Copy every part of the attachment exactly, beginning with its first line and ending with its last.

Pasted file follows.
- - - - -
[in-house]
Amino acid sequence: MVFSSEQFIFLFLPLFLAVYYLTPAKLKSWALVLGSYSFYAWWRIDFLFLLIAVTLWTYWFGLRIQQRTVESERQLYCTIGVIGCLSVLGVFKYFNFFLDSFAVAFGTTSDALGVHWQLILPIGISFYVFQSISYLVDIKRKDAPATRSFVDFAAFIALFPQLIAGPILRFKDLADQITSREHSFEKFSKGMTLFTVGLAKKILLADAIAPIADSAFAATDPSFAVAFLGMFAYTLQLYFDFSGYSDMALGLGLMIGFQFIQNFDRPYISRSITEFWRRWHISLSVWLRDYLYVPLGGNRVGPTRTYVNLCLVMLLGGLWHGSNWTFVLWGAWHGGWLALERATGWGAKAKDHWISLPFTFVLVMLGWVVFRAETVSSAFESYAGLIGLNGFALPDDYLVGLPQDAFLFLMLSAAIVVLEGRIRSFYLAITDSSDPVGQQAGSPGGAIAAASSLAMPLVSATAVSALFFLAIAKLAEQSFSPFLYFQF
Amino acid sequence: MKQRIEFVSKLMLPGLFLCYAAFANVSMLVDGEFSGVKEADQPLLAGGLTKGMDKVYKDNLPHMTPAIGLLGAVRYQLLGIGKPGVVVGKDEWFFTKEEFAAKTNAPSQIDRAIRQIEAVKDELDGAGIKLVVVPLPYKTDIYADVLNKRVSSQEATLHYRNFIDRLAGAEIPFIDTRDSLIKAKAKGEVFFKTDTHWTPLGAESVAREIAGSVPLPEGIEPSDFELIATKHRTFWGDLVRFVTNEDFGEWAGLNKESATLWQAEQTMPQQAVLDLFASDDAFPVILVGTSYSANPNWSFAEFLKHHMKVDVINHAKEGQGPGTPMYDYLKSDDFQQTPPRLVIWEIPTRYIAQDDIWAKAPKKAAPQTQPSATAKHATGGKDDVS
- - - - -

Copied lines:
[in-house]
Amino acid sequence: MVFSSEQFIFLFLPLFLAVYYLTPAKLKSWALVLGSYSFYAWWRIDFLFLLIAVTLWTYWFGLRIQQRTVESERQLYCTIGVIGCLSVLGVFKYFNFFLDSFAVAFGTTSDALGVHWQLILPIGISFYVFQSISYLVDIKRKDAPATRSFVDFAAFIALFPQLIAGPILRFKDLADQITSREHSFEKFSKGMTLFTVGLAKKILLADAIAPIADSAFAATDPSFAVAFLGMFAYTLQLYFDFSGYSDMALGLGLMIGFQFIQNFDRPYISRSITEFWRRWHISLSVWLRDYLYVPLGGNRVGPTRTYVNLCLVMLLGGLWHGSNWTFVLWGAWHGGWLALERATGWGAKAKDHWISLPFTFVLVMLGWVVFRAETVSSAFESYAGLIGLNGFALPDDYLVGLPQDAFLFLMLSAAIVVLEGRIRSFYLAITDSSDPVGQQAGSPGGAIAAASSLAMPLVSATAVSALFFLAIAKLAEQSFSPFLYFQF
Amino acid sequence: MKQRIEFVSKLMLPGLFLCYAAFANVSMLVDGEFSGVKEADQPLLAGGLTKGMDKVYKDNLPHMTPAIGLLGAVRYQLLGIGKPGVVVGKDEWFFTKEEFAAKTNAPSQIDRAIRQIEAVKDELDGAGIKLVVVPLPYKTDIYADVLNKRVSSQEATLHYRNFIDRLAGAEIPFIDTRDSLIKAKAKGEVFFKTDTHWTPLGAESVAREIAGSVPLPEGIEPSDFELIATKHRTFWGDLVRFVTNEDFGEWAGLNKESATLWQAEQTMPQQAVLDLFASDDAFPVILVGTSYSANPNWSFAEFLKHHMKVDVINHAKEGQGPGTPMYDYLKSDDFQQTPPRLVIWEIPTRYIAQDDIWAKAPKKAAPQTQPSATAKHATGGKDDVS